What started as a local news story has reached the national audience in recent weeks as Orange County remains on the lookout for an emu on the loose.
The case of the missing emu, first spotted in late June, was originally reported on by the Daily Tar Heel, the News of Orange and other local outlets, but by July 19, even the New York Times had gotten a hold of the story.
The missing emu is now undoubtedly one of the more famous birds in the United States. In addition to a Twitter account with the name “OC_Emu,” EnotheEmu is now a trending hashtag on Twitter. The Orange County Sheriff’s Twitter account even tweeted an invitation out to the emu to attend the office’s National Night Out event on August 6. Tenille Fox, Orange County Animal Services spokesperson, said she believes the emu’s fame could be due in part to the fact that emus are not normally seen roaming around.
“I think the interesting element to this is that this is an emu and people don’t normally see emus free roaming and he’s doing a really good job of being fearful and running away from people, which is good,” Fox said.
The emu was first seen on June 26 and there have been several more reported sightings since that time. The latest reported sightings of the emu occurred Thursday and Friday. A person reported seeing the emu Thursday in a Facebook post to the page Hillsborough NC Community Info. The reported sighting occurred at the intersection of Dodsons Crossroads and Borland Road in Hillsborough.
We did get a call and we did respond,” Fox said in response to an inquiry about the sighting Thursday. “The attempt to catch him was unsuccessful. Today, he was spotted in the same area and our team went out, and my animal control manager just told me they were out there for a few hours and never even spotted him this morning. So he’s sticking to the same area both days.”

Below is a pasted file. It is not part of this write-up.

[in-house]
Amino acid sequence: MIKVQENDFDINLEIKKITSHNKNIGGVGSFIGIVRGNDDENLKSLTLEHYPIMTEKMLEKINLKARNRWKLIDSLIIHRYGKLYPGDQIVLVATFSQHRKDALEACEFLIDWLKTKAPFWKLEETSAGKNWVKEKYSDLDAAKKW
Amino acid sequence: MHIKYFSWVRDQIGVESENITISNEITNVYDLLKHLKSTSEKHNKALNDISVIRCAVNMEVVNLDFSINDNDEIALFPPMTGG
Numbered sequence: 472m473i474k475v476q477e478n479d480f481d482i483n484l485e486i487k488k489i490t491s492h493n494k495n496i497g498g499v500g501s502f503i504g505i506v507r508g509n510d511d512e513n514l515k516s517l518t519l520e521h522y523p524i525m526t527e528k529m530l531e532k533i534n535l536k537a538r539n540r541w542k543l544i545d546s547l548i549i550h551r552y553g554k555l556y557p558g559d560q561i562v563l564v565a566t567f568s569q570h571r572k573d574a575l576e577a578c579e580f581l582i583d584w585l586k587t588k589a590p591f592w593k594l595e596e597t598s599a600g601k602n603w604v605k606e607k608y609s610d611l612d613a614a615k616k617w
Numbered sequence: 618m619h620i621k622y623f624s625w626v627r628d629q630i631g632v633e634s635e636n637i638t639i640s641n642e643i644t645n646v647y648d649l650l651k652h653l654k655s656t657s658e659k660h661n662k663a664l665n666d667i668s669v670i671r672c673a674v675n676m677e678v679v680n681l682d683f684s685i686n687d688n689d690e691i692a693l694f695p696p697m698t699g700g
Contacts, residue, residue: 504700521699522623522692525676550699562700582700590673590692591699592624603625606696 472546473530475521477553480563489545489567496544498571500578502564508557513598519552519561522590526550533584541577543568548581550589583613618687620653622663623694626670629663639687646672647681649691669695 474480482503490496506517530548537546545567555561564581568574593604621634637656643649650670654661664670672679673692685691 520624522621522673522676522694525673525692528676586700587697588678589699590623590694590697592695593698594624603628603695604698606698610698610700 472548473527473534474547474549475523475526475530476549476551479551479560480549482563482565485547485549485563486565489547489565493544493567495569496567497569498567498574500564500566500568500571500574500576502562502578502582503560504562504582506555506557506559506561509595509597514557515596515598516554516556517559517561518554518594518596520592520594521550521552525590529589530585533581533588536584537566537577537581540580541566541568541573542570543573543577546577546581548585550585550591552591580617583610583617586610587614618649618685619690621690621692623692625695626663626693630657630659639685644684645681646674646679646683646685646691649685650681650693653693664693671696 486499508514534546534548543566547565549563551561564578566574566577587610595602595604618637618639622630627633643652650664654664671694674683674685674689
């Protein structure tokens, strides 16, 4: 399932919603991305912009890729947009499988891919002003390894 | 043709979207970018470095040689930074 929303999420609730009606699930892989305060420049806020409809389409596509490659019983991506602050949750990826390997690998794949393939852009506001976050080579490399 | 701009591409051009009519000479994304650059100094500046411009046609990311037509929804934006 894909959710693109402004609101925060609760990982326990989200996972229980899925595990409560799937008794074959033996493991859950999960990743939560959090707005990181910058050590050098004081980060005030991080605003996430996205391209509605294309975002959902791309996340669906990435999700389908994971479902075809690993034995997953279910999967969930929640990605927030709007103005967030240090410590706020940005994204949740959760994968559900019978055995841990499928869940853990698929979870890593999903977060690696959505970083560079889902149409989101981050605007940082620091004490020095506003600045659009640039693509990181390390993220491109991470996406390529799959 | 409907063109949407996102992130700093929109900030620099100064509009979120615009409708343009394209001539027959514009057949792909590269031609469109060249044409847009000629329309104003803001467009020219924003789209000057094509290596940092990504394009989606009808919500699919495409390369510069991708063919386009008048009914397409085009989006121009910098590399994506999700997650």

This was not the first time the emu has evaded capture.
The News of Orange reported that Orange County Animal Services collaborated with Chatham County Animal control in an attempt to corral the bird in early July. An Orange County officer was dispatched to help the Chatham County officers catch the emu, but to no avail.
“This emu is fast, so they’re having kind of a hard time unless they just happen to get him in an area where he can be contained a little more, like natural barriers or pasture, fence, something like that,” Fox told the News of Orange in July. “It’s going to be really difficult and they’re trying also to not stress him out too bad in this heat.”
In July, Fox said it would be difficult for the emu to stay moving due to hot temperatures and potential dehydration. As time has passed, those issues only become more concerning for the bird. Yet the emu has managed to stay hydrated, likely by staying close to locations with water, according to Fox.
“We can only assume that he’s probably sticking close to areas with water, like creeks,” Fox said. “When he was in the southern part of the county where we were mapping, the sites where he was being spotted it looks like there was a creek nearby so that’s probably where he was getting his water at that point. So we’re guessing that he’s finding water that way and he must be successfully foraging for food, to a degree.”
As News of Orange reported last month, Orange County Animal Services has contacted the known emu owners in the county and the owners stated the emu does not belong to them.
Emus can grow up to 6.5 feet and 100 pounds, so it is important that citizens do not try and make contact with the now notorious bird. However, the emu has not caused any damage to humans or property at this time.
If Orange County Animal Services is able to capture the emu, the bird could be headed to a rescue center, with the name of the center remaining confidential at this time due to the bird’s notoriety.
“For now, we prefer to let them remain unidentified with all the sensation that’s going on here because this may not happen but we have set up apparently a nice place for him to go if we do capture him,” Fox said.